The Self Who Shall Not Be Named

The other day I bumped into two colleagues who happen to be counselors. When the first greeted me with a warm hug and asked how I was, I took the risk of honesty: “I’m frustrated, tired and kind of angry.” He asked why and I shared my hard luck story about a stolen wallet and trying to get my Austrian visa replaced. The second counselor nodded, paraphrased and validated. I appreciated that moment. Thanks to my psych-savvy colleagues, I was able to vent, have my need to vent recognized, and as a result, move on.

Sometimes that kind of acceptance can happen for us in the moments when we need it most, but not always. On my good days, I try to be available for people to be honest with me – to take the time to listen carefully without trying to fix, cure or paper over the topic at hand. On my not so good days, I can usually still offer a sympathetic ear but I may be distracted by my own challenges in that moment.

Here’s what I’ve noticed: Talking about ourselves is subject to multiple sets of unspoken rules which vary widely depending on context and people involved. I think we learn this as we grow and develop a spectrum of relationships. And still we fail the exam again and again in everyday situations: at work, at home, at large. Human communication is inherently fraught it seems.

So I’m coming to terms with the phenomenon in increasingly intimate terms: The Self Who Shall Not Be Named. Here are some of the rules I will risk airing:

  • Being a woman talking about herself is likely to be understood as either vain or whining, so keep it crisp, humble and above all, brief.
  • Direct claims of exhaustion are invalid. Euphemisms like “underslept”, “not well rested,”  “feeling a little under the weather” may get me a few more minutes of air time.
  • People who believe to know me best may feel entitled to a sort of “free pass” which excuses them from having to listen too closely or empathetically because well, you know, they get it already, and this isn’t the first time, right?
  • Once in a while I may feel heard or even understood. This is often fleeting and entirely unpredictable. I savor it while I can and move on.

Good listening is hard to find. And while being a good listener may put you into contact with other strong listeners, they may not be right there when you need them. For now, recognizing and naming the phenomenon that has quietly sucked the wind out of my sails one breath at a time is already a big step.

Sometimes I am going to dare to talk about myself, my issues, my successes, my vulnerabilities with others. In some cases I will feel heard, understood and validated. In other cases, I will recognize when my voice and my story are not welcomed.

There are no great tips here for how to sidestep this pitfall because I don’t have them. If I’m angry and frustrated I want to be able to say so. Cultivating the relationships in which it is safe to do that is a lifelong pursuit, I suppose.

Damn that lifelong learning.

7 thoughts on “The Self Who Shall Not Be Named

  1. Honestly, I have given up talking in this way with colleagues at school, and for a whole host of reasons. Mostly the result of them not really wanting to embrace my humanity in full. Which is why I do keep it crisp, and keep it moving.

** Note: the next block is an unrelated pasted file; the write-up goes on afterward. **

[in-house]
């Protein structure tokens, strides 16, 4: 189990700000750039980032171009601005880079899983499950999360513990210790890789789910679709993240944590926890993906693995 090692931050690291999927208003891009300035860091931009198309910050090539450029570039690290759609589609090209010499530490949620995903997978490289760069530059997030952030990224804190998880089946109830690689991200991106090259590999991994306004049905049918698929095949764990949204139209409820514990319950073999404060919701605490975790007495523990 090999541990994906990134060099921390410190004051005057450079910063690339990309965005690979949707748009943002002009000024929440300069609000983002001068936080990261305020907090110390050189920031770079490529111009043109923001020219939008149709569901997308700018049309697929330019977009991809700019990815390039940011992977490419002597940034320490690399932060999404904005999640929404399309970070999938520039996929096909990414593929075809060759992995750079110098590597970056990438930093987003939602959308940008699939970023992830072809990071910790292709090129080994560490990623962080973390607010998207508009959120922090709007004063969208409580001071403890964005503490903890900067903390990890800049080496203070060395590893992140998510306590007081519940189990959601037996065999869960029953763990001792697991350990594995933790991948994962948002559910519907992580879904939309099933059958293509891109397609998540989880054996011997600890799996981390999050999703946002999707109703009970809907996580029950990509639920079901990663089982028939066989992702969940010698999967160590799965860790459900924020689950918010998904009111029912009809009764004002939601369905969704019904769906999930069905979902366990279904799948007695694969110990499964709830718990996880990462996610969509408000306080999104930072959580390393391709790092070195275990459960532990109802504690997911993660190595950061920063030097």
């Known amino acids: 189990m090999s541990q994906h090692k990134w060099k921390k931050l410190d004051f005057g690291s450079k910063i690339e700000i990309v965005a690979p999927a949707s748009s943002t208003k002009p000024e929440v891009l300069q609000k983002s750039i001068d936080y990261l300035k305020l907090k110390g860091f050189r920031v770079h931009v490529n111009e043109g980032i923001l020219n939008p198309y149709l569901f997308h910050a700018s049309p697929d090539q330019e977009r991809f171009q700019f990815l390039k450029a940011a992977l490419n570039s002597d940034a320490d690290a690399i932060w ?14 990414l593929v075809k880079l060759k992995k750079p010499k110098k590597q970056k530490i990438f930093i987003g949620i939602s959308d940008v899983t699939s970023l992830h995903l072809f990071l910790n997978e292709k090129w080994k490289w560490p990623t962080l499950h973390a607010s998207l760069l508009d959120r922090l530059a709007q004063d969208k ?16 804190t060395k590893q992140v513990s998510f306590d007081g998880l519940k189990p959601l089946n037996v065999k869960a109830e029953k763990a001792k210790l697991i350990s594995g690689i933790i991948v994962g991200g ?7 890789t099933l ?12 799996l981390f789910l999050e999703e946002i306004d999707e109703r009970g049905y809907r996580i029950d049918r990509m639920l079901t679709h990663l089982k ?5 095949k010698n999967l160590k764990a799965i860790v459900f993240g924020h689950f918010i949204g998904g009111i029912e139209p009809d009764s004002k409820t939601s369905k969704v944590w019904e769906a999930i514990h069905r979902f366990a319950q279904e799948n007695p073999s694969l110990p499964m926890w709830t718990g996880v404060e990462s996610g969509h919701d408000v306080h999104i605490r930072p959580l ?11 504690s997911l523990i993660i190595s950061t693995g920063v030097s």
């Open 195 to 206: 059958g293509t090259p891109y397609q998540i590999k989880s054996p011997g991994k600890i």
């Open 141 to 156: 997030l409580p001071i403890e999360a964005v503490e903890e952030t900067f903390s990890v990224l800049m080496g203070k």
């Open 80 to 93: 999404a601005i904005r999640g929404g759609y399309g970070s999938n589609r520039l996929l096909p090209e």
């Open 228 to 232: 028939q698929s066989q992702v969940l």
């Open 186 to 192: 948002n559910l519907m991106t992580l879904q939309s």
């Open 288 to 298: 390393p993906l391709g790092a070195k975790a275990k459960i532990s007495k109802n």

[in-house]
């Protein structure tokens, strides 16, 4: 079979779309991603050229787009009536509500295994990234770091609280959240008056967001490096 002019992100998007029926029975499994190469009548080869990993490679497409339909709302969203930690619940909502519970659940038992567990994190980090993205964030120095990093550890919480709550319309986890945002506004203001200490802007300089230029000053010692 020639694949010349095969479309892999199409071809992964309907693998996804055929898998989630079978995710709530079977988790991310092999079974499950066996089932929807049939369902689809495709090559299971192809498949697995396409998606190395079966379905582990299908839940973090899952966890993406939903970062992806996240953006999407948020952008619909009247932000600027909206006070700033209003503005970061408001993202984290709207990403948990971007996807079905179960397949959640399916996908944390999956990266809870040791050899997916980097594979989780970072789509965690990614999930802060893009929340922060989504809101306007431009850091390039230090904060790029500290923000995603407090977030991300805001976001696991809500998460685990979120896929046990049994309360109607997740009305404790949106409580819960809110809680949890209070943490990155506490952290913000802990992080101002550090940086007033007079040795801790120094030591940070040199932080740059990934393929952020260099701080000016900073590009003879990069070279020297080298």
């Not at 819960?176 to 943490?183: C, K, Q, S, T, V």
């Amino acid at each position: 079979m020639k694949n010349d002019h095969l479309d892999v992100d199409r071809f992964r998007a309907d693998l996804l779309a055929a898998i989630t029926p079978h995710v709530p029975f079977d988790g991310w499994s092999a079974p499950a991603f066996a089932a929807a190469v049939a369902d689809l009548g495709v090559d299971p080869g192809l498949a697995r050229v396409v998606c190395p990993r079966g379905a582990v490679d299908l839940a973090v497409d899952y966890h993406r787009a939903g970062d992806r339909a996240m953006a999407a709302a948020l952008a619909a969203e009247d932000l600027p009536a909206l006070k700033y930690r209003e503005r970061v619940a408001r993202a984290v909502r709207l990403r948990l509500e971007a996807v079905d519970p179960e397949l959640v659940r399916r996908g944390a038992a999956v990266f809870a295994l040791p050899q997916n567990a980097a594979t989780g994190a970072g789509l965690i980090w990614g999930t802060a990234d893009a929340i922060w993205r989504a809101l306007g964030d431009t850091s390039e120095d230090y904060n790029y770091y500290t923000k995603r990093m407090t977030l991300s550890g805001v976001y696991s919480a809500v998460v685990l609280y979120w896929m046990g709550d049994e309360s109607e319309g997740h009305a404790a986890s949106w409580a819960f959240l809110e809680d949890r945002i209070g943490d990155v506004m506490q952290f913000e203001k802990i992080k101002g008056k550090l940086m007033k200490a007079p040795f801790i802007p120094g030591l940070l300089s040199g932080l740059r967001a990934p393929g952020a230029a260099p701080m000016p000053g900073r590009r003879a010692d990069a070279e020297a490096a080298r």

1. I think there’s a lot that we do as humans to keep ourselves safe in a variety of communication contexts. As women belonging to a marginalized population we may feel the need for double the precautions, especially if we have risked significantly in the past. In a professional context, this navigational aptitude can become essential to our survival, which speaks to what you describe.

  2. Sherri, thank you so much for drawing me to this post, and for writing it in the first place. Time and again I am grateful for your inclination to pause on small moments and draw out a lesson from them, I realise this is itself often a tiring process in workplaces that are rushed, where the listening environment is thin. But your generosity in doing this has made an immediate practical difference to me.

    I’ve just spent a week working with nutrition leaders on communication skills and we all learned most, I think, from listening well to one another. There’s a model which looks at listening from the minimum threshold of safety, up through six levels to collaborative listening. We learned how hard it is to get up through these levels, especially in fleeting conversations, but how transforming it is truly to put in the time to try to get to collaborative and open listening at least some of the time.

    This post means a great deal to me, thank you.

    1. Thank you, Kate. Meaningful listening can make a world of difference and I am intrigued by the model of listening levels that you describe. I do want to hear more about that. Your comment here also means a great deal to me. Your voice is one to which I am consistently glad to listen to because I can sense the care with which you use your words and share your thoughts.

  3. Thank you for writing this! It is so difficult to give up that hope to be heard and understood most of the time. I know I have failed to listen to those close to me and I have felt the sting of not being heard. Damn that lifelong learning, indeed.

    1. Thank you for reading and responding, Mary. I have to remind myself frequently that it’s a choice to invest in listening or not, to improve my understanding of the other or not. Not all my choices are the best ones but I can always aim for better next time.

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